Russian business and politics can rarely be described as boring. Each year throws up its share of dramas, and 2011 is no exception to the rule.
From prime minister Vladimir Putin’s recent, and not entirely unexpected, self-anointment as Russia’s next president, through to Rosneft’s doomed oil exploration joint venture with UK oil major BP and its subsequent rebound into ExxonMobil’s welcoming arms. These events, and more, have shown that Russia hasn’t lost its flare for political and economic intrigue and infighting. Nevertheless, compared to the problems faced by some of its neighbours in the CIS and Western Europe, Russia has come through the year with a veneer of respectability and stability. Any knocks it has taken have come from external sources. Continue reading “Russia: Shades of grey”
Global law firms have traditionally dominated the corporate market in Russia and the CIS. LB assesses the chances of those domestic firms taking on the internationals at their own game.
Dimitry Afanasiev, chairman of the Russian law firm Egorov, Puginsky, Afanasiev & Partners (EPA&P), is fully aware of the challenges that lie ahead. On 19 July, EPA&P announced that it was to take over the Ukrainian firm Magisters, creating a pan-CIS firm with over 300 lawyers and, as reported in the legal press, a combined turnover of €115m. In doing so, the firm has planted a serious flag in a market that has always been dominated by major internationals. Continue reading “Russia: Space Invaders”
The Russian commercial justice system has suffered from image problems in the past, but recent court reforms and a boom in litigation look set to challenge this. LB investigates the impact on the domestic litigation market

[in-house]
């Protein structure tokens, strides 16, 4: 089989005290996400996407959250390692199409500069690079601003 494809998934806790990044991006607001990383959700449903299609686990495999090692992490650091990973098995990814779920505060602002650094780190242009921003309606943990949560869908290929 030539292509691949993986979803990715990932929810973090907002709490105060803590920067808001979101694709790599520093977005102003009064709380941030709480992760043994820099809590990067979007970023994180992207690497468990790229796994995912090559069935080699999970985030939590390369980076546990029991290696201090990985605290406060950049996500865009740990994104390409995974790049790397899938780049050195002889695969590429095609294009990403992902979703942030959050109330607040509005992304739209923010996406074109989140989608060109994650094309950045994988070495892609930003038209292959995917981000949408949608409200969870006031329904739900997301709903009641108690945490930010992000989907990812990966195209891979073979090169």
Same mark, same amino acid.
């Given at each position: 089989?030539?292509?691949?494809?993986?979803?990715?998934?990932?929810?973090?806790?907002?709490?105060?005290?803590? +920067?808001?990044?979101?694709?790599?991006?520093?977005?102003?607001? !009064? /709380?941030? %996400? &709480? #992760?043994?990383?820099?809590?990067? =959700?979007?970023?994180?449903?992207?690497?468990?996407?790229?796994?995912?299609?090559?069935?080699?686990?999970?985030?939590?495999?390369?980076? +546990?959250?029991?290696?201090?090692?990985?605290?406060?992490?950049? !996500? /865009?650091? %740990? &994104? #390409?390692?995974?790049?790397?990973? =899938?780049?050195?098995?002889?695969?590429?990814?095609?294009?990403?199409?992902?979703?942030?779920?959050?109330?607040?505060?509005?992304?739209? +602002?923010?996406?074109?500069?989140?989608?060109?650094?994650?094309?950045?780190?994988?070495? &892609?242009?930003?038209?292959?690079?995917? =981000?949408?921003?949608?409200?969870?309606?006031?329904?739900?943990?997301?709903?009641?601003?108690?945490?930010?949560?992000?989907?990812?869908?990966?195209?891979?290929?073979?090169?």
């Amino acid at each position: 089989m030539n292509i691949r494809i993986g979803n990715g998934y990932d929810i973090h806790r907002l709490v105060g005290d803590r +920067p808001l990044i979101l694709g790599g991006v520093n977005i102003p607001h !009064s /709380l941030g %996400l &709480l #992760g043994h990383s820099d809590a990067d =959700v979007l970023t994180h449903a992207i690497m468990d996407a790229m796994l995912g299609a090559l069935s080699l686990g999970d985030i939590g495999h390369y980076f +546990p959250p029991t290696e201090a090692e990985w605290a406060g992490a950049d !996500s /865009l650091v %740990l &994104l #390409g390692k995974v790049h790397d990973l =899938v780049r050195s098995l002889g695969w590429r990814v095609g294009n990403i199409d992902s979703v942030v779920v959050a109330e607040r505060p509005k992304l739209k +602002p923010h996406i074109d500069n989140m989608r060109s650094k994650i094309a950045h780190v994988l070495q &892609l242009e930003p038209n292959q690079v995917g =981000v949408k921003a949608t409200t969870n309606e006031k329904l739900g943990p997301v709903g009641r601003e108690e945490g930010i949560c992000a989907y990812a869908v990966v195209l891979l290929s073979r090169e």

In 2005, when Anton Ivanov was appointed chairman of Russia’s Supreme Court of Arbitration, the country’s highest commercial court, the domestic judicial system was blighted by accusations of political interference and corruption. It is fair to say that, for those seeking greater judicial independence within Russia and a broom to sweep away the court system’s perceived problems, Ivanov’s appointment wasn’t immediately seen as a great herald for change. For anyone hoping for an outsider, his arrival was an immense disappointment. Continue reading “Litigators of Russia – unite!”
A recent victory in The Hague has green-lit a record-breaking $100bn claim by Yukos’ majority shareholders against the Russian Federation. Legal Business investigates an arbitration that could change the face of international investment forever
On 31 May 2005, Mikhail Khodorkovsky shuffled into the spartan confines of Moscow’s Meshchansky courtroom for the last time, his hands and feet bound in shackles. Alongside co-defendant Platon Lebedev, he was placed inside a steel cage, flanked either side by armed militsiya guards. He was not facing trial for murder or some other violent crime, but for alleged fraud and tax evasion as part of a wider case against Russian oil giant Yukos, of which he was CEO.
Continue reading “Over a barrel”